The Immigration and Refugee Board Must Consider the Impact of Its Decisions on Canadian-Born Children
The Federal Court recently decided that the Immigration and Refugee Board (‘IRB’) must consider the impact of a negative refugee decision on children born in Canada, and take into account all the personal circumstances of the claimant, along with current country conditions at the time of the refugee hearing.
In this case, two Libyan parents claimed refugee protection in Canada on the basis that the male applicant faced persecution from assailants in his home town. Since arriving in Canada, they had a child. Although the IRB found that their fear of persecution was credible and well-founded, it ultimately rejected the refugee claim on the basis that the Applicants had an Internal flight Alternative (‘IFA’) in Tripoli, an area to which they could reasonably be expected to relocate. The Applicants sought help from a refugee lawyer and refugee law office to appeal the decision.
Refugee lawyers in Canada have long argued that personal circumstances of a claimant must be considered in deciding whether and IFA is reasonable and viable. Part of those personal circumstances is obviously the fact that one has a child who has to relocate with the family. Similarly, Canadian refugee lawyers have argued that a person’s psychological vulnerabilities and conditions must be considered in rendering a decision on the basis of IFA.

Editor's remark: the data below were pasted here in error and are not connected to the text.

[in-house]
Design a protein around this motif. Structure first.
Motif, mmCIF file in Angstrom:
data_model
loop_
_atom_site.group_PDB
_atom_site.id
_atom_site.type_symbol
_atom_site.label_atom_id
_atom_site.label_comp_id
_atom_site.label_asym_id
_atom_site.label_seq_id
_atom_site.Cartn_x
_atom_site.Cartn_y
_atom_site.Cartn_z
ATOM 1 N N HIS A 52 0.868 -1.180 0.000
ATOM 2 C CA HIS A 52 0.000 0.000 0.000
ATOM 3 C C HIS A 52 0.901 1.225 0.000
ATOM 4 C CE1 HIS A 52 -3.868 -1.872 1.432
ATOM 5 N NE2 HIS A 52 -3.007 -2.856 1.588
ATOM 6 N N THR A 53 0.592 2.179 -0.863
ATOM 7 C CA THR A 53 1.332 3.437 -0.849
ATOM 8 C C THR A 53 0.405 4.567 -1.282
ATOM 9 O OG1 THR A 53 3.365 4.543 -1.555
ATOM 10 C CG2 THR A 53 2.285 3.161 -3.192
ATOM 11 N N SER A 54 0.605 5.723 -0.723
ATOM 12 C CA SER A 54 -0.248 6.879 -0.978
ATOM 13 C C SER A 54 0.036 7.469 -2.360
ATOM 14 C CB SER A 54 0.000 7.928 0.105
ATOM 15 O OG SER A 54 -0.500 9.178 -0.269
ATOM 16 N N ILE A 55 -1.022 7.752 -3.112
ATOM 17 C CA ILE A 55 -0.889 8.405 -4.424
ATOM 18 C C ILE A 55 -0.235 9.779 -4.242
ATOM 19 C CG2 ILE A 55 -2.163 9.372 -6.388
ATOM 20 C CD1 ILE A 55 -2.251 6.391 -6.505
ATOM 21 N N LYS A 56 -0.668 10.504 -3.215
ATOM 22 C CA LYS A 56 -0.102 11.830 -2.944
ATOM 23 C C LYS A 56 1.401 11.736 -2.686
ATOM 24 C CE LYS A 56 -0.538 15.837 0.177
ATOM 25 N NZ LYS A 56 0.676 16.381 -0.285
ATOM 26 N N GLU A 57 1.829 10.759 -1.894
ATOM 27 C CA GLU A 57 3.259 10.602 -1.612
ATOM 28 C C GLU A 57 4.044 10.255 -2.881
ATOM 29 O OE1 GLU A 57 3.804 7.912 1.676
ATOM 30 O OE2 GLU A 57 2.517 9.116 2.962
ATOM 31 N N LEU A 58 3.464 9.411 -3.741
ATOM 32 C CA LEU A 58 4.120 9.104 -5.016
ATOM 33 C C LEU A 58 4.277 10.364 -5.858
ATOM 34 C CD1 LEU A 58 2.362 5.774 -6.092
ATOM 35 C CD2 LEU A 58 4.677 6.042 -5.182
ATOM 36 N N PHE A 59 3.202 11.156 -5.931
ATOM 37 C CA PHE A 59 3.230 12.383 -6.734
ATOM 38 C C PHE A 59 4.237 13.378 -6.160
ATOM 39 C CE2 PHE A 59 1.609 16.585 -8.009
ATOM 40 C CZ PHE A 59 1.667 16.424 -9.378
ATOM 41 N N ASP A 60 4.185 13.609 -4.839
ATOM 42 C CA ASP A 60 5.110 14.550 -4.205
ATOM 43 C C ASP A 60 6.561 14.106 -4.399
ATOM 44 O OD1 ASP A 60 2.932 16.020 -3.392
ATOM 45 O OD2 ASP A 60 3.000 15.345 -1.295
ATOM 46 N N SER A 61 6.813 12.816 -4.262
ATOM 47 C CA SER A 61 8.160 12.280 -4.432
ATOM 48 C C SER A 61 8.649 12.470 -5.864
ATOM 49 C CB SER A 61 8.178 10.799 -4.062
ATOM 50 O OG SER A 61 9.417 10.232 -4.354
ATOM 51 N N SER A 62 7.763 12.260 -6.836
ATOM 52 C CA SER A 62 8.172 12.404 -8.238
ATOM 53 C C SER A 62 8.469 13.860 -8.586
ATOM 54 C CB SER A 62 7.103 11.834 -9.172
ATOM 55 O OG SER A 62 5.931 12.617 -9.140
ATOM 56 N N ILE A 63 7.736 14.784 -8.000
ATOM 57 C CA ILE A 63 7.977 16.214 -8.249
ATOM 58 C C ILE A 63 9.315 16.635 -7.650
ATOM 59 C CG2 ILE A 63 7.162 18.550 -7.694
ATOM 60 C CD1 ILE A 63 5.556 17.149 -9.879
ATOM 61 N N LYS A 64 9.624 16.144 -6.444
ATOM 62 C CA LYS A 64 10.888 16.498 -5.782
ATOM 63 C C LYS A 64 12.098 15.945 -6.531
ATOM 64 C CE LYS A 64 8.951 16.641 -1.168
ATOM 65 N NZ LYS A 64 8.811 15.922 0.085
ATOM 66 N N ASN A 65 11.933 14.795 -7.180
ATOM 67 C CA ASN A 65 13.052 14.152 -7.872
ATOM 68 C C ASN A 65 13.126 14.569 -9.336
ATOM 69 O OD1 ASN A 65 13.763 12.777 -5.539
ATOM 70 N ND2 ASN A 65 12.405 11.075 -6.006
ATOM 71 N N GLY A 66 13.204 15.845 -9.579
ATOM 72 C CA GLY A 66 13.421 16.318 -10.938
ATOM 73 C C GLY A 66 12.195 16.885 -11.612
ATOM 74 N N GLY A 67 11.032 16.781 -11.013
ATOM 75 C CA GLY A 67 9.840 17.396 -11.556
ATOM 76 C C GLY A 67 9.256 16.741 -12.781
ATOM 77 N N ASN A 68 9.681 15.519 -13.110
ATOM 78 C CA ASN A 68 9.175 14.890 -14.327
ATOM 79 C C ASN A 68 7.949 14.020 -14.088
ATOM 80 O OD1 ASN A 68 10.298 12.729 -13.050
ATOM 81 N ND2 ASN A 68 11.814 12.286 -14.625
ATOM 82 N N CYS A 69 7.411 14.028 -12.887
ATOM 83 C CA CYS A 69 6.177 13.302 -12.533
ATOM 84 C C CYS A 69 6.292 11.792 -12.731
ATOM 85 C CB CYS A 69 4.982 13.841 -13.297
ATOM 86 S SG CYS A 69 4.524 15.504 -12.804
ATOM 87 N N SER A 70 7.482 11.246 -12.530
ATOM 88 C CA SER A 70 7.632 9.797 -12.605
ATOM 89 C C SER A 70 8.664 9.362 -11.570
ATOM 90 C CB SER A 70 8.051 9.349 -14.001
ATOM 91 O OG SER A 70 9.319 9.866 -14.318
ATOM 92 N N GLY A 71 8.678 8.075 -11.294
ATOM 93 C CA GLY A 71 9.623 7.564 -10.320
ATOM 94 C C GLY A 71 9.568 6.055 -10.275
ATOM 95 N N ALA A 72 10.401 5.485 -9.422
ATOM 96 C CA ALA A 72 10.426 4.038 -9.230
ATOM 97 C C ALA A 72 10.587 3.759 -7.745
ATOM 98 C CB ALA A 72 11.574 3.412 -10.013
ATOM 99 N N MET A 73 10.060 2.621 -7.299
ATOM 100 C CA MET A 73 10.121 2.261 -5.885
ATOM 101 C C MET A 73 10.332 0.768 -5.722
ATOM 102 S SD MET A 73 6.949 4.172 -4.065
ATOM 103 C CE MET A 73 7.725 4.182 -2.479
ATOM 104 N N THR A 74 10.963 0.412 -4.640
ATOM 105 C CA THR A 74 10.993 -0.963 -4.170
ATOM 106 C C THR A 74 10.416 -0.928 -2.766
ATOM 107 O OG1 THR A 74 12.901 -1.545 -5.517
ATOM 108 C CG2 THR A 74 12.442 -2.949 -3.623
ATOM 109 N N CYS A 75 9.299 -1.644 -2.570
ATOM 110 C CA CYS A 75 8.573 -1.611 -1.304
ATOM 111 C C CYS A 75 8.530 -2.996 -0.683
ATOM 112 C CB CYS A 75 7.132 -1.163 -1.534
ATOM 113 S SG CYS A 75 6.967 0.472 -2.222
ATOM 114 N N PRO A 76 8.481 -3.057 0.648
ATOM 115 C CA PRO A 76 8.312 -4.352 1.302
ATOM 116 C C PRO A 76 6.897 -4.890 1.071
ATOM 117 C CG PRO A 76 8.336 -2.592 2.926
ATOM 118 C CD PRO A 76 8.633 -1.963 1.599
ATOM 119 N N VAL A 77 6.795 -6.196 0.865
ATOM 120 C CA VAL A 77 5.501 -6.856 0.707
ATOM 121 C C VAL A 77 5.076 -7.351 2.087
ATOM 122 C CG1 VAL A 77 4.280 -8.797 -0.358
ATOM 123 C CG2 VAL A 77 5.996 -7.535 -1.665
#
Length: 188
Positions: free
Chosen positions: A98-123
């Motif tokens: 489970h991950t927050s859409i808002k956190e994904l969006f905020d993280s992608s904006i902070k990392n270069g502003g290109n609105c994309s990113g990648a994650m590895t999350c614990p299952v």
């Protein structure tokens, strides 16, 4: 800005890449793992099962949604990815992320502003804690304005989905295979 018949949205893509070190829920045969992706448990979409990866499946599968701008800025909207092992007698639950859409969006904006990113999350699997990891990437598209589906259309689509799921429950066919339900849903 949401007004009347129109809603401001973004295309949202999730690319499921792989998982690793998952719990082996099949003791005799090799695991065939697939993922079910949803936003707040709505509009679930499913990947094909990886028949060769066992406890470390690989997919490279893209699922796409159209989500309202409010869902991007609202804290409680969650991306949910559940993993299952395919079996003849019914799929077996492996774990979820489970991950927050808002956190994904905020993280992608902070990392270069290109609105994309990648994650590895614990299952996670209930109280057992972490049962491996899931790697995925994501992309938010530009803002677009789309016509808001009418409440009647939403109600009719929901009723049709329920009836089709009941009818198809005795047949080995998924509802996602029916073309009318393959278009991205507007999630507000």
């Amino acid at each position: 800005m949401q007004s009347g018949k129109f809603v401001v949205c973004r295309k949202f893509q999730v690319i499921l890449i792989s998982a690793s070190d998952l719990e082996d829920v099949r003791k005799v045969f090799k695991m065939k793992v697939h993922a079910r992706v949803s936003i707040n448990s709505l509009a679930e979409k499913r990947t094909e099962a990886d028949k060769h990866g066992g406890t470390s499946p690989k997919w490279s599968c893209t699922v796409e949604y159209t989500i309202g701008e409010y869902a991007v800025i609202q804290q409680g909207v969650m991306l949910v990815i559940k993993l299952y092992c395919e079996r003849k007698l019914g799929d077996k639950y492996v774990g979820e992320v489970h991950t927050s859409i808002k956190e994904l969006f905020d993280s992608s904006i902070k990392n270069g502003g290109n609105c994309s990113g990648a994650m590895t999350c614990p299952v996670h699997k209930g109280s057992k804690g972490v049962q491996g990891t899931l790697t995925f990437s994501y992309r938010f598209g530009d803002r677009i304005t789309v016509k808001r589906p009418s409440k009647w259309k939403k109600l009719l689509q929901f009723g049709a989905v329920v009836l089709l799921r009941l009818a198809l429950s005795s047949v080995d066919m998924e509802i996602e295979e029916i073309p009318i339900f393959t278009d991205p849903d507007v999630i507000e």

Gerami Law PC, a refugee law office, filed a judicial review application on behalf of the Applicants, arguing that the IRB had erred in assessing their IFA by failing to assess the dangerous conditions in Tripoli and the negative effects of relocating there on their Canadian born child. The Federal Court agreed with the Applicants, finding that, although they would not face persecution in Tripoli, the IRB failed to assess the security conditions in Libya, and the viability of safely relocating to Tripoli.
Significantly, the Court also found that the IRB had erred by failing to assess the impact of relocating to Tripoli on their minor Canadian child. The Refugee Protection Division knew that the minor child existed and should have considered her in assessing whether the IFA was reasonable. Thus, refugee lawyers in Canada can now rely on this argument on behalf of their clients, arguing that the unity of families must be factored into refugee determinations in a more meaningful way.